Recent mitochondrial DNA ( mtDNA ) sequence analysis has brought light to the domestication of dogs as well as the number of founding groups.  MtDNA analysis offers a unique perspective on evolutionary history because the mitochondrial genome is maternally, or female, inherited.  A surprise finding of the analysis implies a domestic dog origin of 40 to 135 thousand years ago ( Vila et al. 1997; Savolainen et al. 2002 ), exceeding the previous 15,000yr old archaeological record of dogs.  These early dogs may not have been recognized as domestic before 15,000yrs ago because of their physical similarity to gray wolves.  Instead, the phenotype of domestic dogs beginning about 15,000yrs ago may indicate a change in selection pressures associated with the transition of humans from hunter to a more sedentary lifestyle of gatherer ( Wayne 2006 ).

This represents the common genetic background of the 4 basic groups and how they share common ancestors;
Ancient Asian=Yellow.  Herding=Green.  Modern Hunting=Red.  Mastiff=Blue.



Quantitative Genetics looks mathematically at how complex traits are inherited.  That is, many genetic and environmental factors involved in determining the value of a trait.  If you think about it, most of the traits we are really interested in for dogs are quantitative traits.  One of the important results we get from this kind of number crunching, and one that you will see a lot in genetics literature, is heritability.  Heritability is the amount of variance in the trait that is due to genetic factors.  Variance is another way to describe the difference between individuals throughout their phenotype.  A simple equation can be used to describe the result:
P = G + EF  ( Phenotype = Genotype + Environmental Factors ).

Hardy-Weinburg law.

Inheritance is the reason people buy a "pure bred" dog.  They are looking for consistent and known traits, characteristics, and appearances of what a responsible breeding program brings into a cluster of genetic potential.  When dealing with a breed development program, and anyone taking the responsibility of breeding should be doing so ONLY to make improvements in a breed, they need to have a plan on HOW and WHERE improvements are to be made.  There is a reason HALF of all litters are murdered in animal shelters every year regardless of breed rarity or expense, because back-yard "breeders" and those not in the "know" have no breed development plan and no thought process for animal welfare!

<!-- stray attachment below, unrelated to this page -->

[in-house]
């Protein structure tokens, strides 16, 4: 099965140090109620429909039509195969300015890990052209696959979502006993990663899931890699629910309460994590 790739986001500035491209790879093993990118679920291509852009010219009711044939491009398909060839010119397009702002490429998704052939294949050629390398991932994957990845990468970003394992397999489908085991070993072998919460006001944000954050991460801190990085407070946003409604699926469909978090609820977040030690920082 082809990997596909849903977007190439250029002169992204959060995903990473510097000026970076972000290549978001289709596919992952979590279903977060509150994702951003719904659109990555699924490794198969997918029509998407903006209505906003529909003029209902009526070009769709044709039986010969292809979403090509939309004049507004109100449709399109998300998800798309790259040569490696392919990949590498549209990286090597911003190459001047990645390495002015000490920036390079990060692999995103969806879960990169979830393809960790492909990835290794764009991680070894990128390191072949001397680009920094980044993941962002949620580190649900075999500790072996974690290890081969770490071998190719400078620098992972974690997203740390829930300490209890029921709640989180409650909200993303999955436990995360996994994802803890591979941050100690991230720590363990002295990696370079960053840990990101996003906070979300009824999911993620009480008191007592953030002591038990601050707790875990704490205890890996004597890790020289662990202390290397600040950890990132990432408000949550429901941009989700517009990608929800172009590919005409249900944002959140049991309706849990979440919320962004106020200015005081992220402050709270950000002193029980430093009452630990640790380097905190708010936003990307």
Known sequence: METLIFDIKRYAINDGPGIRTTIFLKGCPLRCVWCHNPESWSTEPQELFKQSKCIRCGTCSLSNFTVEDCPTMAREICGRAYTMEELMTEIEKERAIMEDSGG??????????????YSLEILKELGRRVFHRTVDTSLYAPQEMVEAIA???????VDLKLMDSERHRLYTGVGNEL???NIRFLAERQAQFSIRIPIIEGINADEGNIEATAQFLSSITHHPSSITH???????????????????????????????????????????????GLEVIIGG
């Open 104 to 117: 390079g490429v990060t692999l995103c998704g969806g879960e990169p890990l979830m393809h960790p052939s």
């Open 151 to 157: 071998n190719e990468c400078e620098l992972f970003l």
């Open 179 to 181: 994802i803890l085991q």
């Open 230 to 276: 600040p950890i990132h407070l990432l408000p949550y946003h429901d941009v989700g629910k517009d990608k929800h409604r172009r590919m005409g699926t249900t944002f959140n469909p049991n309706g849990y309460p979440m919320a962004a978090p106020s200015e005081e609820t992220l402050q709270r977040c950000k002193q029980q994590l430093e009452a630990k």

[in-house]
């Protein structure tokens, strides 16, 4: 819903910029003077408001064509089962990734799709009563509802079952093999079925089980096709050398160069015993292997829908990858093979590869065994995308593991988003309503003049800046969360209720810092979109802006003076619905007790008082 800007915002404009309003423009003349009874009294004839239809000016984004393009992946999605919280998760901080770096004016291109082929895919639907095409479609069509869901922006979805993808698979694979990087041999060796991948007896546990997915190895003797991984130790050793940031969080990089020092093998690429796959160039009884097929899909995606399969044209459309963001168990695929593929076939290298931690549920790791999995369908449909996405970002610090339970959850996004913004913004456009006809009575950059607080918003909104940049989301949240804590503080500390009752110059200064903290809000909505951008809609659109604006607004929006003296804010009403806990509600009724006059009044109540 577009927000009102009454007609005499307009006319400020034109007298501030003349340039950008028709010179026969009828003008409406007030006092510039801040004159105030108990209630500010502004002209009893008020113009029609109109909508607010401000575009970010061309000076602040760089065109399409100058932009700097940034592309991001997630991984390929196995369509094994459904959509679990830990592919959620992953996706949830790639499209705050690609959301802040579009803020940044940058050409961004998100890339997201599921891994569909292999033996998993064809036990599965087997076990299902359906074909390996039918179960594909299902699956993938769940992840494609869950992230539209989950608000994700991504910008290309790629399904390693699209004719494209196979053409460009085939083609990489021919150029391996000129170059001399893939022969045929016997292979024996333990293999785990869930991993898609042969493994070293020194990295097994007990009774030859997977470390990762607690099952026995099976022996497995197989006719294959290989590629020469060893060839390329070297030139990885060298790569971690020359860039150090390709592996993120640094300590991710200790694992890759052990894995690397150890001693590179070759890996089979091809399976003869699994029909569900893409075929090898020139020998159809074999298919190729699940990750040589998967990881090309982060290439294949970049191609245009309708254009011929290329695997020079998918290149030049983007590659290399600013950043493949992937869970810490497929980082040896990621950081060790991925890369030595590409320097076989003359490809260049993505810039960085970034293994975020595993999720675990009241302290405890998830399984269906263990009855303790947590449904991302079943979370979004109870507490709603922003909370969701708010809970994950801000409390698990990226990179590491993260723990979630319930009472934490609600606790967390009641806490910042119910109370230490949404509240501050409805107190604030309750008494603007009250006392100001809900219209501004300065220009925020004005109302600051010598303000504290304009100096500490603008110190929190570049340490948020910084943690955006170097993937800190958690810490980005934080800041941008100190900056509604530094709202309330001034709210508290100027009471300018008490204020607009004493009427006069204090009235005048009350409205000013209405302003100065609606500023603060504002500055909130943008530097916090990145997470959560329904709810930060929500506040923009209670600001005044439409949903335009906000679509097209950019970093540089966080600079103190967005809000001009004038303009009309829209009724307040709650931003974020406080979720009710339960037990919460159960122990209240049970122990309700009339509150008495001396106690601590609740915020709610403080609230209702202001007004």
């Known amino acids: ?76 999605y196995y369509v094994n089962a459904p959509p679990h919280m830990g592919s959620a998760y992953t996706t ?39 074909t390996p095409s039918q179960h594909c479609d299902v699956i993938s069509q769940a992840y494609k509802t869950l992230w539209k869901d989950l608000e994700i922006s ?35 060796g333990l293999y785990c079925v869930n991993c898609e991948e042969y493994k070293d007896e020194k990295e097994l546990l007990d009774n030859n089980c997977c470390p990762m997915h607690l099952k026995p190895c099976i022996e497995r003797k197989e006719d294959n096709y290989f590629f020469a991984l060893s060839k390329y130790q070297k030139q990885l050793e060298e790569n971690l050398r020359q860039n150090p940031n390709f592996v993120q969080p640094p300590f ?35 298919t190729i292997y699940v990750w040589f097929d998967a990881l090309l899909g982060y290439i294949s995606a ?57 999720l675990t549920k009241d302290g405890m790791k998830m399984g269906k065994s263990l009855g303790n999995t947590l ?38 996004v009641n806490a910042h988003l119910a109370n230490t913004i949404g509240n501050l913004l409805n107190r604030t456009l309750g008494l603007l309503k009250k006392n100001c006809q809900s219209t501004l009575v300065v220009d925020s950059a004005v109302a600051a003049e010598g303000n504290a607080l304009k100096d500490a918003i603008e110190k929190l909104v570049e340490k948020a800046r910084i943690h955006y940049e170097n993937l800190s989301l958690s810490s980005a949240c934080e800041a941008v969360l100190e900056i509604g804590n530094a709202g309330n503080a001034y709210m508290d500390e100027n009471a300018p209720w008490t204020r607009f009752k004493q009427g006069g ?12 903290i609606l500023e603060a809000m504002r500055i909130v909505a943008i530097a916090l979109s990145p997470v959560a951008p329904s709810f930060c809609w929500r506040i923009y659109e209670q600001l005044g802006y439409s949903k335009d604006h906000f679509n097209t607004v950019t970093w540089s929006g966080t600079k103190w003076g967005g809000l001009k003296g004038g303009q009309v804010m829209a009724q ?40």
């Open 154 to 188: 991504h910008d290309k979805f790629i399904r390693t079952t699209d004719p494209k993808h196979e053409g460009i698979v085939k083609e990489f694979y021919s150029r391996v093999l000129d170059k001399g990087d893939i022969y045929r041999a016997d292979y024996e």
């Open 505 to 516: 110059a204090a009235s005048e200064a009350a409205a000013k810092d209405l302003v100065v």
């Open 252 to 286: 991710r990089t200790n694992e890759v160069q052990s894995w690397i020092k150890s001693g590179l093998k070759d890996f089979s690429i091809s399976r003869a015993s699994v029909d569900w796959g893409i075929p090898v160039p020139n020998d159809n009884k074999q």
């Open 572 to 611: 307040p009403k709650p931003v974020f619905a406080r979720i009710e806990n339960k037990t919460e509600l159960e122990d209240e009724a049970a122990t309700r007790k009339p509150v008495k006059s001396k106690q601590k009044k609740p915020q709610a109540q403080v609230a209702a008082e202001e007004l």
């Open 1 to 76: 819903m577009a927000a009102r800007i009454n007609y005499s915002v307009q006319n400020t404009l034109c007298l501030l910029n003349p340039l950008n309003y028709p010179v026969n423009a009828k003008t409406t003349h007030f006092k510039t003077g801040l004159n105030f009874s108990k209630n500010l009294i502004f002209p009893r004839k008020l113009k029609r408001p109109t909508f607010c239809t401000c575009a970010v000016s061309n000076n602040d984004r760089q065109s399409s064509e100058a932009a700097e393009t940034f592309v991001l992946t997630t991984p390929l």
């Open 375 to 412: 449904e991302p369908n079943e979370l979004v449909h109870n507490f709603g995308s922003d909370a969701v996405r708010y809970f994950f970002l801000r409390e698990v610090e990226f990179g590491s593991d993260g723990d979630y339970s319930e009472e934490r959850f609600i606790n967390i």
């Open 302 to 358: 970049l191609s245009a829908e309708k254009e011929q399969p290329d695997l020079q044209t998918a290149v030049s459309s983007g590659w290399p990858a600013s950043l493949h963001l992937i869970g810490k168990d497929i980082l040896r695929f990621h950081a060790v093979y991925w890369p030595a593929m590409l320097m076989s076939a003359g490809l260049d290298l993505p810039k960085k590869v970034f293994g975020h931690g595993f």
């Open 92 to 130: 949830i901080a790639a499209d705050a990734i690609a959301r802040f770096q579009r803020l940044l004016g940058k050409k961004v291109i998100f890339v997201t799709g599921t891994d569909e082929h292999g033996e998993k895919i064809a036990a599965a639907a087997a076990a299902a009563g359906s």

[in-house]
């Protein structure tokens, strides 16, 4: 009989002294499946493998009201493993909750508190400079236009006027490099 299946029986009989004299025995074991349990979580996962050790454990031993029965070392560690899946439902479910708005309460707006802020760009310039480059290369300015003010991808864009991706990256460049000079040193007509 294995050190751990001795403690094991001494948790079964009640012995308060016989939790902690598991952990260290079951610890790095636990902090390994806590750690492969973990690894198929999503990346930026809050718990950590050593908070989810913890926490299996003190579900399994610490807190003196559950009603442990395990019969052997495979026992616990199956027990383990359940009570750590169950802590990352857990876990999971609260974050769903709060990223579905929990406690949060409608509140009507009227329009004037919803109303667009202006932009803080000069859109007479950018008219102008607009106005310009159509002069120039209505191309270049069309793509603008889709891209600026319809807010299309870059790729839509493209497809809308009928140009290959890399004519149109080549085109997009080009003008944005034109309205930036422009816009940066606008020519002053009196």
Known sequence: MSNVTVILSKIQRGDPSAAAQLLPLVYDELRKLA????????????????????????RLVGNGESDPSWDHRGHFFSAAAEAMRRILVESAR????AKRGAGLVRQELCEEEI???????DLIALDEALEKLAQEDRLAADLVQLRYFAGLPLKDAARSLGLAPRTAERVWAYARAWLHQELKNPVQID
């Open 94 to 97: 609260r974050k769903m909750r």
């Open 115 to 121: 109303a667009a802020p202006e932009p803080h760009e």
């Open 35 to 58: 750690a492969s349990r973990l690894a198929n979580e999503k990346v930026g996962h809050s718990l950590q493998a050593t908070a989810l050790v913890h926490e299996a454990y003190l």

So how do we develop a breed?  We first need to understand which traits we want to keep, which could be improved, and which should have no place in a breeding population.  Those all come down to inheritance.  Once again we need to identify those traits which are dominant and those that are recessive.  If we have a trait that we do not want to continue, but it appears the most frequently, ie: dominant, this becomes the easiest to eliminate because we choose individuals that do not show signs of that trait.  It is much more difficult to remove a recessive allele from a population.  It will only become expressed when paired with another recessive allele as it is "hidden."  It is often hidden throughout several generations, at which point it has already been inherited and spread among the breeding population.

The Hardy-Weinberg equation describes how alleles behave in a population from generation to generation.  It is an oversimplification in that it assumes that mating is random, mutation does not occur, environmental factors are not in play, and there is no selection, natural or otherwise.  Not realistic in a responsible breed development program.

In a system with two alleles, where the expression of p is dominant and the expression of q is recessive, the equation states:

p2 + 2pq + q2 = 1

p2 is the expression of p homozygous dominant.
2pq is the expression of pq heterozygous where p is dominant, but has a recessive q.    There is a 2 in front because you can get this genotype in two ways:
     a) p from the mother and a q from the father, or
     b) p from the father and a q from the mother.
q2 is the frequency of q homozygous recessive.  Now it becomes expressed in the phenotype because there is no dominant p to hide it in the genotype.